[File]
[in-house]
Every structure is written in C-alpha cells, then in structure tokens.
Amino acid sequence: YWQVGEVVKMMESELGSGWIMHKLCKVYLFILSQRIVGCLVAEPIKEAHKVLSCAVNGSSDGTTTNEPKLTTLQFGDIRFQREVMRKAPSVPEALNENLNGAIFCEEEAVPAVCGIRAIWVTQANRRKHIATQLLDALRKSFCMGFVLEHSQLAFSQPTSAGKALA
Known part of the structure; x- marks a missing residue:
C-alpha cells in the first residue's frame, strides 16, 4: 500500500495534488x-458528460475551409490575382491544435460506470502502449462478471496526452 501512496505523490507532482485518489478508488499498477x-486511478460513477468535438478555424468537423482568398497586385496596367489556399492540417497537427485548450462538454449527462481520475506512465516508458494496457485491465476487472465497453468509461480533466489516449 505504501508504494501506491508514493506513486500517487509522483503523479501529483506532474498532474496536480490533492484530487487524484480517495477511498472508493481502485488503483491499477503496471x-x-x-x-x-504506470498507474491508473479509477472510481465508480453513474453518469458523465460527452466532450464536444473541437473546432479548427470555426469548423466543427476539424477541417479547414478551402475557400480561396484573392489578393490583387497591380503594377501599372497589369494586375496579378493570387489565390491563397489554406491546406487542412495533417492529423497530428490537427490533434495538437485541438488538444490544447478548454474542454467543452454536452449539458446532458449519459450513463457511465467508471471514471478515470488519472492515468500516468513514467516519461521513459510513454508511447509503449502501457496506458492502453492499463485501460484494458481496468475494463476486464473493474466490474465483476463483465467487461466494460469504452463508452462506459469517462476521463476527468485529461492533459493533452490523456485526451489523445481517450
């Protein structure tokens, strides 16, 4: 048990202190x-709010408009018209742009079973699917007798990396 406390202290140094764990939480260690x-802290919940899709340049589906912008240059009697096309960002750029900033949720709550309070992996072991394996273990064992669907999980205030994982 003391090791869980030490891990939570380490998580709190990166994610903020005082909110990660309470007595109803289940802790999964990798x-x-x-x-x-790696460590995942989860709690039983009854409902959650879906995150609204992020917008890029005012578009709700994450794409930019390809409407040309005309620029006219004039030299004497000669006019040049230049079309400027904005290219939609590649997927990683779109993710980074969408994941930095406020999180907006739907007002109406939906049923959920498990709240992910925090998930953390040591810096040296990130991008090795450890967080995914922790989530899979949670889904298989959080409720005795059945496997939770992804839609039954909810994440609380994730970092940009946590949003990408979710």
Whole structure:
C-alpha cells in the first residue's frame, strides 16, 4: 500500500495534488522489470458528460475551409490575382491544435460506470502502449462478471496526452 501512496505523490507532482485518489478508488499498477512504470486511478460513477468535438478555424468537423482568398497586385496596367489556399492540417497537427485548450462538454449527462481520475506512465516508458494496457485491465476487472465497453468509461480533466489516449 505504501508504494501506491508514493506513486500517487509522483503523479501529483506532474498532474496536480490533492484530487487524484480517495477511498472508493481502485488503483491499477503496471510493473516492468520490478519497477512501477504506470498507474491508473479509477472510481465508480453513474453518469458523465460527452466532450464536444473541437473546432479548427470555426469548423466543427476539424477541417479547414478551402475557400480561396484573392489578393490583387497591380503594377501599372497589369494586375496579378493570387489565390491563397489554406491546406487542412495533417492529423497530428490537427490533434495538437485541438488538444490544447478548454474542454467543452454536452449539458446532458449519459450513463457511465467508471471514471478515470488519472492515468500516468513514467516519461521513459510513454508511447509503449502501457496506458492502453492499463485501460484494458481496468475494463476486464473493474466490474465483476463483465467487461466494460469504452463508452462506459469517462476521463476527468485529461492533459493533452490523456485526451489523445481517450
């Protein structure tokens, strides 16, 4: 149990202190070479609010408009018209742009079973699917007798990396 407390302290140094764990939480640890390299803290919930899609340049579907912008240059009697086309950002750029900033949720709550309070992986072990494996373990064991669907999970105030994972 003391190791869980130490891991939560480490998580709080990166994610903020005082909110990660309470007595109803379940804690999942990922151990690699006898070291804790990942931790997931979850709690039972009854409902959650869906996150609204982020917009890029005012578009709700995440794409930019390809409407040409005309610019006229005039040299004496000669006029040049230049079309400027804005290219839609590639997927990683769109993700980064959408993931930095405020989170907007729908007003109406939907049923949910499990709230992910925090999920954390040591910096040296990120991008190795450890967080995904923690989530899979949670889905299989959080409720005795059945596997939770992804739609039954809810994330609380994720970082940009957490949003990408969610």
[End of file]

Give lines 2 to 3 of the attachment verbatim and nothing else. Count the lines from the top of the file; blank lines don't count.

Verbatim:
Every structure is written in C-alpha cells, then in structure tokens.
Amino acid sequence: YWQVGEVVKMMESELGSGWIMHKLCKVYLFILSQRIVGCLVAEPIKEAHKVLSCAVNGSSDGTTTNEPKLTTLQFGDIRFQREVMRKAPSVPEALNENLNGAIFCEEEAVPAVCGIRAIWVTQANRRKHIATQLLDALRKSFCMGFVLEHSQLAFSQPTSAGKALA